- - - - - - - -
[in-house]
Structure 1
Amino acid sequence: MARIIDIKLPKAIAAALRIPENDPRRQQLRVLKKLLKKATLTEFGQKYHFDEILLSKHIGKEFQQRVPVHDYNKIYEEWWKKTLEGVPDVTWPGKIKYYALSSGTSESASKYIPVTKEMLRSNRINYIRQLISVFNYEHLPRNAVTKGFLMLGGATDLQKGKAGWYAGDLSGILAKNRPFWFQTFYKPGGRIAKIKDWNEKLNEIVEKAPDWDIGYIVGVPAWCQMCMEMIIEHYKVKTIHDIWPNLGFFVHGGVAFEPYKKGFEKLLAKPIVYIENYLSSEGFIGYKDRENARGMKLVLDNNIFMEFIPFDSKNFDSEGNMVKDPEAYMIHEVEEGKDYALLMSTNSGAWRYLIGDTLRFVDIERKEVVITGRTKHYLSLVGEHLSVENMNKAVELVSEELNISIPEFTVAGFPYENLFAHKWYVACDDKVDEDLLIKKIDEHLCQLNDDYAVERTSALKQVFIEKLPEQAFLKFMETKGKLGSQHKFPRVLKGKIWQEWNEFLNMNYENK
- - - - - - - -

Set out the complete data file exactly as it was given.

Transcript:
[in-house]
Structure 1
Amino acid sequence: MARIIDIKLPKAIAAALRIPENDPRRQQLRVLKKLLKKATLTEFGQKYHFDEILLSKHIGKEFQQRVPVHDYNKIYEEWWKKTLEGVPDVTWPGKIKYYALSSGTSESASKYIPVTKEMLRSNRINYIRQLISVFNYEHLPRNAVTKGFLMLGGATDLQKGKAGWYAGDLSGILAKNRPFWFQTFYKPGGRIAKIKDWNEKLNEIVEKAPDWDIGYIVGVPAWCQMCMEMIIEHYKVKTIHDIWPNLGFFVHGGVAFEPYKKGFEKLLAKPIVYIENYLSSEGFIGYKDRENARGMKLVLDNNIFMEFIPFDSKNFDSEGNMVKDPEAYMIHEVEEGKDYALLMSTNSGAWRYLIGDTLRFVDIERKEVVITGRTKHYLSLVGEHLSVENMNKAVELVSEELNISIPEFTVAGFPYENLFAHKWYVACDDKVDEDLLIKKIDEHLCQLNDDYAVERTSALKQVFIEKLPEQAFLKFMETKGKLGSQHKFPRVLKGKIWQEWNEFLNMNYENK